Honoring Our Vets
Honoring our vets
ALL AMERICANS should pause today — on Veterans Day — for a moment of silent meditation and reflection on the sacrifices made by our nation’s veterans to preserve our way of life.
Originally known as Armistice Day in honor of the end of World War I on the 11th hour of the 11th day of the 11th month of 1918, the holiday was first designated by President Woodrow Wilson. Congress passed a bill in 1954 — signed by President Dwight Eisenhower — proclaiming Nov. 11 as Veterans Day to also honor those who died in World War II. Since then, the holiday has grown to honor all veterans.
Eastern Ohio has always been known as an area which contributed more than its share of young men to the armed forces. The graves of soldiers from the Revolutionary War can be found on our soil. During Vietnam, Beallsville was known around the nation for having lost a greater percentage of its population to the war than any other place in the country.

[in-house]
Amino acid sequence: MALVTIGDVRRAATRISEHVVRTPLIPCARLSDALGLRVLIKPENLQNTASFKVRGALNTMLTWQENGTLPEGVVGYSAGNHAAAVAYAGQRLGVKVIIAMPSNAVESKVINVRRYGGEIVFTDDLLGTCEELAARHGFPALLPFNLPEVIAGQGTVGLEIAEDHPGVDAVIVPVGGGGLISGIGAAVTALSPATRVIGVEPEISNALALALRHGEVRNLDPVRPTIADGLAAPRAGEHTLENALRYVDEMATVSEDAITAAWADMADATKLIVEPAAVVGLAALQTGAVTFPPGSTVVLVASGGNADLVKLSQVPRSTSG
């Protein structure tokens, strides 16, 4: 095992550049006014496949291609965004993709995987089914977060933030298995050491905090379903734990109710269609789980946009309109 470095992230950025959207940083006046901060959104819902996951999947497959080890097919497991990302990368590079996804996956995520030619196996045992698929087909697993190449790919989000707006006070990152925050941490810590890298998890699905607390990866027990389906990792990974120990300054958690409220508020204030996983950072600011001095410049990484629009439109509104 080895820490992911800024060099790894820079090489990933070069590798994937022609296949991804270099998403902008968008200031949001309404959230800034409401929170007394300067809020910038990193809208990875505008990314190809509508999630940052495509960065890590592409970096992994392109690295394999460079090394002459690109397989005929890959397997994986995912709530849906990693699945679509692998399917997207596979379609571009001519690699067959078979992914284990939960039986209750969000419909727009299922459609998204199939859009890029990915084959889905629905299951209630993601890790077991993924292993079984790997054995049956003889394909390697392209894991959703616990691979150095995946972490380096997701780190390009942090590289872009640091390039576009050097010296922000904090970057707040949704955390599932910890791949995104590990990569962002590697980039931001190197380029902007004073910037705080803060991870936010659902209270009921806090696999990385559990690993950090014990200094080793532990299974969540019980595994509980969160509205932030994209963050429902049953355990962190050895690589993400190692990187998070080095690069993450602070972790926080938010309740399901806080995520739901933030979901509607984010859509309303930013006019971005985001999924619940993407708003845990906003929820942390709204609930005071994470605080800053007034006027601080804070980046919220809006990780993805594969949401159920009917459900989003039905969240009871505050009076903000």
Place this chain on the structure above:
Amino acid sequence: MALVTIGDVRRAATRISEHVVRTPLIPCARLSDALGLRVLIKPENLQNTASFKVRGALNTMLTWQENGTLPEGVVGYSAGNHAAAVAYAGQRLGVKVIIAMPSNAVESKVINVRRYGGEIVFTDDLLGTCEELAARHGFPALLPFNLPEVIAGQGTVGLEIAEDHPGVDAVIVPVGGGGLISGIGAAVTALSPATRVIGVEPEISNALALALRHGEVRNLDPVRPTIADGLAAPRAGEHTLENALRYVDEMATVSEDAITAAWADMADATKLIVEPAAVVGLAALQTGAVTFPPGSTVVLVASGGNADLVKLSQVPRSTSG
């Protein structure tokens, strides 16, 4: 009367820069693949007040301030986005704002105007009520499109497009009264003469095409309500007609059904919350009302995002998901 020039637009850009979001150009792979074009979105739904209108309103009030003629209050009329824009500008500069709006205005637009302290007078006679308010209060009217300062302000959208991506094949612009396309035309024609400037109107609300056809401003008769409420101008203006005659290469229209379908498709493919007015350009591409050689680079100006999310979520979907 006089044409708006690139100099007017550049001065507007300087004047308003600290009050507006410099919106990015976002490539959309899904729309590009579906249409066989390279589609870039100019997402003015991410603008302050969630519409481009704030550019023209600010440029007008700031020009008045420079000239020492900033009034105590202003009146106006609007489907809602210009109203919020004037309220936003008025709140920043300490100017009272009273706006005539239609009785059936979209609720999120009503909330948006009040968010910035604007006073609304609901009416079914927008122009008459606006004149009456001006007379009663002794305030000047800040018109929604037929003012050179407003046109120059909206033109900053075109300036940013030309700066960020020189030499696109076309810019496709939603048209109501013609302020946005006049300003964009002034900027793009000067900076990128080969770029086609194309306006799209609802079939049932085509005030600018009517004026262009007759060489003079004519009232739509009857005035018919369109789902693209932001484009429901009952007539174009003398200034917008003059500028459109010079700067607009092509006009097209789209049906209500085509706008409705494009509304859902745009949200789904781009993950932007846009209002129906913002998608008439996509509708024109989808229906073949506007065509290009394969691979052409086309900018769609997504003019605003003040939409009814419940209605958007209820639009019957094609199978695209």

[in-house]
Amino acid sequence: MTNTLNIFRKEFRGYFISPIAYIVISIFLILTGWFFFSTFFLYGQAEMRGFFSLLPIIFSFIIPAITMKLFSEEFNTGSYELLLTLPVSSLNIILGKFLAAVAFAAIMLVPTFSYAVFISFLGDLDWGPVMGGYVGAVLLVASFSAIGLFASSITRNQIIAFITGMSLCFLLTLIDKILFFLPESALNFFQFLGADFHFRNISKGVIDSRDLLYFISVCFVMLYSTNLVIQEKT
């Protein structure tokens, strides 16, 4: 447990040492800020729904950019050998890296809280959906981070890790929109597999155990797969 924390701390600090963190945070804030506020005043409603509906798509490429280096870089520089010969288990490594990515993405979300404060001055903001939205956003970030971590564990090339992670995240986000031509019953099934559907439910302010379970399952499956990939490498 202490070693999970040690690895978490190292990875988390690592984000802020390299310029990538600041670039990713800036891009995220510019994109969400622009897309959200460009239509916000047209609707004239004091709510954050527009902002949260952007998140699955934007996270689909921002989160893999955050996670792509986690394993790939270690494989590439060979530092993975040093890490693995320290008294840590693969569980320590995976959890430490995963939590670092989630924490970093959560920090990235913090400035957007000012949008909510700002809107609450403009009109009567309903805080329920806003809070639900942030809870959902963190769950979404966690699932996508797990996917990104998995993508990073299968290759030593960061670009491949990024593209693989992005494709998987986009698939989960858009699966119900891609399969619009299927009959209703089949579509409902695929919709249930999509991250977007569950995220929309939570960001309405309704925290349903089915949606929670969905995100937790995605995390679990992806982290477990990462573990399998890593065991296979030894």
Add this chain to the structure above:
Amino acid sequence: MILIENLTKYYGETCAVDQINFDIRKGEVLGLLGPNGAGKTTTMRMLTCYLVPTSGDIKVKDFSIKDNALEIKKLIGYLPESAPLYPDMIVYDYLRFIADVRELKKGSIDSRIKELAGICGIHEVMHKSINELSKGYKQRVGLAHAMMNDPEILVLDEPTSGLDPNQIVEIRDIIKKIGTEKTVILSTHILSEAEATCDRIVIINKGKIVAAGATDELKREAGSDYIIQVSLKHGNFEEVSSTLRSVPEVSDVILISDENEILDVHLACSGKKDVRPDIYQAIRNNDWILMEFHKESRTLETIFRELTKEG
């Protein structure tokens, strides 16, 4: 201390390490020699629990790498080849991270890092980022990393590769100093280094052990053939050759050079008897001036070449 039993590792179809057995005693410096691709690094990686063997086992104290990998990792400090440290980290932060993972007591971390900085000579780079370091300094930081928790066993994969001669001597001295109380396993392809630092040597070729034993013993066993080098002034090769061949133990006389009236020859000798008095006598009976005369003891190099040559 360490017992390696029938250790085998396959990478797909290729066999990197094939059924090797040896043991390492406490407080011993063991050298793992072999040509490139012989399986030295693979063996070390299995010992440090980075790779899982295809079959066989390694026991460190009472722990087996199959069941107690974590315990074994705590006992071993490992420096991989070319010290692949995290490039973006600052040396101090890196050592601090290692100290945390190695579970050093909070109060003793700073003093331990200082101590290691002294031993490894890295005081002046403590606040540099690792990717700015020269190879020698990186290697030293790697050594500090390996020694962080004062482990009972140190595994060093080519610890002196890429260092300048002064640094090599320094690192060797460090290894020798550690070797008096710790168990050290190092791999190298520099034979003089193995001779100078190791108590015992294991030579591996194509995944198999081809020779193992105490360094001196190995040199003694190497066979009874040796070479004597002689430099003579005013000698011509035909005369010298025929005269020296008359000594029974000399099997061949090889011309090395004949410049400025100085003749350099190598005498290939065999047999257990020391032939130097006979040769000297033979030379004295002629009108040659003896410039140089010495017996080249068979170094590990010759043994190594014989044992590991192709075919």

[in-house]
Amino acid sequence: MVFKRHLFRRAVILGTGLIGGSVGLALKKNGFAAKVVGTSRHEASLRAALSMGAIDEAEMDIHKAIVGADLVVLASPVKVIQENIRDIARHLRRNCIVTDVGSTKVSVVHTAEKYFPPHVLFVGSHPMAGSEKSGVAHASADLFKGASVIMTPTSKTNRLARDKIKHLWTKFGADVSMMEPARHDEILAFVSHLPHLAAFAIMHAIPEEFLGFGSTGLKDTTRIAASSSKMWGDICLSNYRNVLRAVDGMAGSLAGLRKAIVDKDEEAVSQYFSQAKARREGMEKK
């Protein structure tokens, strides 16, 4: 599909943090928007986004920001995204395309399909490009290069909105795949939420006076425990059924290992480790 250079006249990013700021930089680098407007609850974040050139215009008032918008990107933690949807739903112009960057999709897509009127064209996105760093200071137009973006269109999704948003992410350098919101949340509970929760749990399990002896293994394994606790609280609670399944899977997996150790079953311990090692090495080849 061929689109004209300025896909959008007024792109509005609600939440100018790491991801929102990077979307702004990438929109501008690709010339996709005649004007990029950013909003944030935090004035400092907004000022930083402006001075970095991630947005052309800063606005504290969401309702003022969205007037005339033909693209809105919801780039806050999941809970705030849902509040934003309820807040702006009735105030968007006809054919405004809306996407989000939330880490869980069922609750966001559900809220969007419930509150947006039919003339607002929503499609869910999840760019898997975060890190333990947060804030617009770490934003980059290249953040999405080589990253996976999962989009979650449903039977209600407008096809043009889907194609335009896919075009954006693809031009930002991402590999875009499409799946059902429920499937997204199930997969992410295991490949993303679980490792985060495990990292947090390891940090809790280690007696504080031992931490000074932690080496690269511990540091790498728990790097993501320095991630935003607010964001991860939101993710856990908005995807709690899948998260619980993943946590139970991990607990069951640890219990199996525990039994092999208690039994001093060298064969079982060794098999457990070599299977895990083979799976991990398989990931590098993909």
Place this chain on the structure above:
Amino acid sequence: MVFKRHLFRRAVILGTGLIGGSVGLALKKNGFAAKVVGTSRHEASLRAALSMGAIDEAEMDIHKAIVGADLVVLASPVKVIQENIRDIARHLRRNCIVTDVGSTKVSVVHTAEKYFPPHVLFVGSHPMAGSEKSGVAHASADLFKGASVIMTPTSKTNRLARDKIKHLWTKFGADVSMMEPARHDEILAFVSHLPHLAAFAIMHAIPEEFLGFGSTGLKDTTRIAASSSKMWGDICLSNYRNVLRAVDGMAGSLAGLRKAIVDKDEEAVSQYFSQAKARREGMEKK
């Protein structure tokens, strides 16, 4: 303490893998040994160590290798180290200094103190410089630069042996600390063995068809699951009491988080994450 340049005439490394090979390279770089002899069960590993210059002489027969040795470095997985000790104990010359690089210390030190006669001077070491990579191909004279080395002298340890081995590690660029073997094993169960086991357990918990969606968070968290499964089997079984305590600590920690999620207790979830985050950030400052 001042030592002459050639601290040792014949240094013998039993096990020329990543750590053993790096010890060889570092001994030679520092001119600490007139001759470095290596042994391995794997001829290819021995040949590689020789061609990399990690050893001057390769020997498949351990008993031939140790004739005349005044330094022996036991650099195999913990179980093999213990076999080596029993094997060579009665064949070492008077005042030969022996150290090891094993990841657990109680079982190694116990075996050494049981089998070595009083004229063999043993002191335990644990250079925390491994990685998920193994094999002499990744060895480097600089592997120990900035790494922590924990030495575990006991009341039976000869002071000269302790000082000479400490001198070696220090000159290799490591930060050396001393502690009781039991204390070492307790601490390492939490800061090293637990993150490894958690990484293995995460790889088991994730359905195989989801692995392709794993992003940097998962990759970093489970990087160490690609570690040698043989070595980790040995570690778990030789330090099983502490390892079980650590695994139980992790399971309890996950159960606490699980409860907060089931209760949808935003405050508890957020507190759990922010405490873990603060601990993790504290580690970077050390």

Today many veterans continue to make Eastern Ohio a better place to live. Indeed, without their contributions in civilian life, our area would be a much poorer place, both materialistically and spiritually.
The world remains in many places a dangerous battlefield.
Our nation’s forces remain in Afghanistan and Iraq, working to prop up peace. Others can be found all over the Earth, ready to defend freedom at a moment’s notice.
Today we salute all those men and women who have served our country to preserve our freedoms. Their sacrifices should never be forgotten.